SYR | HopePrint + the Refugee Community

Approximately 12, 000 refugees currently reside in Syracuse, about 800 arriving each year.  Upon arrival, they have a caseworker for 90 days and for 8 months, receive housing, food, and a small stipend with no questions asked.  However, in New York State, refugees must be employed or enrolled in the JOBS Plus Program actively seeking employment.

HopePrint is a non-profit (donation/volunteer/grant funded) founded 3 years ago after a group of soon-to-be graduates responded to a request of furniture by a Nepali family they had met.  (4 years ago Syracuse saw the largest influx of refugees to date).

Located in the Northside neighborhood (where the majority of the refugee population lives), HopePrint addresses the notion that the greatest need for incoming refugees are relationships.  Programs include ESL tutoring, GED Tutoring. Leadership Development (gather leaders of various ethnic groups to share ideas), Kids Club, collaboration with Northside Urban Partnerships (entrepreneurship start ups).  Also has worked with local middle school to address the bullying of refugee students (of the 100 middle school students, only 3 knew the meaning of refugee).

~5 members of HopePrint live upstairs of the “HopePrint” home (Americans+ previous refugees from the Congo, one recently got job at the hospital, one American was an AmeriCorps Vista – lives at poverty level).  The founders/directors have other jobs to sustain themselves/are continuing their education.  It is somewhat reminiscent of MIUFI in Detroit in that the founders first purchased a home in the community and said they went from “outsiders to neighbors.”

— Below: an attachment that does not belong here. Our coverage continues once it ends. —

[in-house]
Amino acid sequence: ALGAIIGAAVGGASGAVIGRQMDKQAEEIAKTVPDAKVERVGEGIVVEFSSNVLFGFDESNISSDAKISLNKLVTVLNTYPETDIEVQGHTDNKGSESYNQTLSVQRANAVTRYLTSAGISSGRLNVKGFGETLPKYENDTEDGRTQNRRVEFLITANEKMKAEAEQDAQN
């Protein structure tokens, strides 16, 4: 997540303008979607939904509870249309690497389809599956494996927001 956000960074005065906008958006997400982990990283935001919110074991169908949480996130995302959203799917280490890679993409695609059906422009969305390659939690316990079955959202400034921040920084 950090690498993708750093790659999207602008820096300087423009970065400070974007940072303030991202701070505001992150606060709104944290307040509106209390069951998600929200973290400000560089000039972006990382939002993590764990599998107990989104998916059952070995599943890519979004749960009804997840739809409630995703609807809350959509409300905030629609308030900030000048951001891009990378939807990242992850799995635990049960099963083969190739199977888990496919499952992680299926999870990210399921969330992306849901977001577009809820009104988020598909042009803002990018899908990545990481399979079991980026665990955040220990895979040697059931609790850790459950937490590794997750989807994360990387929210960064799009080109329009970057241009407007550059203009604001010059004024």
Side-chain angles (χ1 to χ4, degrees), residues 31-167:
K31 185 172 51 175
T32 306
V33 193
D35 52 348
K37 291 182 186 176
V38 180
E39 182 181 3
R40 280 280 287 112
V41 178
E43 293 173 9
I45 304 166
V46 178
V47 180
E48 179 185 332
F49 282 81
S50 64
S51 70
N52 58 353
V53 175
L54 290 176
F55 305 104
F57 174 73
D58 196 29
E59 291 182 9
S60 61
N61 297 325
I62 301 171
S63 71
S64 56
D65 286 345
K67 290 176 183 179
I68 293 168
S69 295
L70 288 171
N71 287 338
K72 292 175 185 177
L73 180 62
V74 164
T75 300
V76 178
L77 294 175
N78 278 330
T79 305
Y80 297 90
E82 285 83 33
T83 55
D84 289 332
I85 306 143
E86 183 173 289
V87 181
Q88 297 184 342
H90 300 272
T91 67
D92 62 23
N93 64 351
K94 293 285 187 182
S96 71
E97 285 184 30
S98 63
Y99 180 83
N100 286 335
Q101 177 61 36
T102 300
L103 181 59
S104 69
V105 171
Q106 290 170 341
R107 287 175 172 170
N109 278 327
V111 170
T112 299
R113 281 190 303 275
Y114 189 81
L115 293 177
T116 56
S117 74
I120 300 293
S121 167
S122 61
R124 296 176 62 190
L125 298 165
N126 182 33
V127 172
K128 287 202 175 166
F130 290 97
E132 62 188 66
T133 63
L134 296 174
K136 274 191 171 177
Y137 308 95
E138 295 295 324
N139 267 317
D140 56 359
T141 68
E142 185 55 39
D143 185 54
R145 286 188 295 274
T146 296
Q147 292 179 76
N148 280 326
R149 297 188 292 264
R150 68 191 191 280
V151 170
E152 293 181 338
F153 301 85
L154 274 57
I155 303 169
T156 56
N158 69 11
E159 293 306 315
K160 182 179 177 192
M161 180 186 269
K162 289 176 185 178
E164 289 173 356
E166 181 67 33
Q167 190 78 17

Some questions:

How are the programs advertised?

What is the distribution of Syracuse natives + Refugees throughout Northside?

Participation of native Syracuse community? (kids are involved but what about the adults?  Also harder to reach out to/are working so the extent of interaction of the immediate locals with the refugee community at HopePrint I have seen tends to be sending their children to Kids Club as a form of free daycare, but kids walk to the home themselves)

Rescue Mission Alliance of Syracuse

Syracuse has a similar problem as Detroit in relation to the access to an adequate amount of healthy food. In Detroit it is mediated by Urban Farming and large companies such as Whole Foods, implementing low-cost versions of their stores in the afflicted areas. The Rescue Mission serves a similar purpose to the low-income populations of Syracuse. They provide food to anyone who enters their doors, temporary housing for those requiring it and provide support services for those people getting back on their feet. The Syracuse model is reflected in the efforts of the Unitarian Church that we stayed at in Detroit.

The Rescue Mission

A Christian run foundation whose mission statement is “No one should have to be hungry or homeless. It can happen for so many reasons and once there, it can be a difficult road back. You can help the Rescue Mission work to end hunger and homelessness by join our mission”.

Their main objectives are to

  • End Hunger
  • End Homelessness
  • Outreach
  • Spiritual Care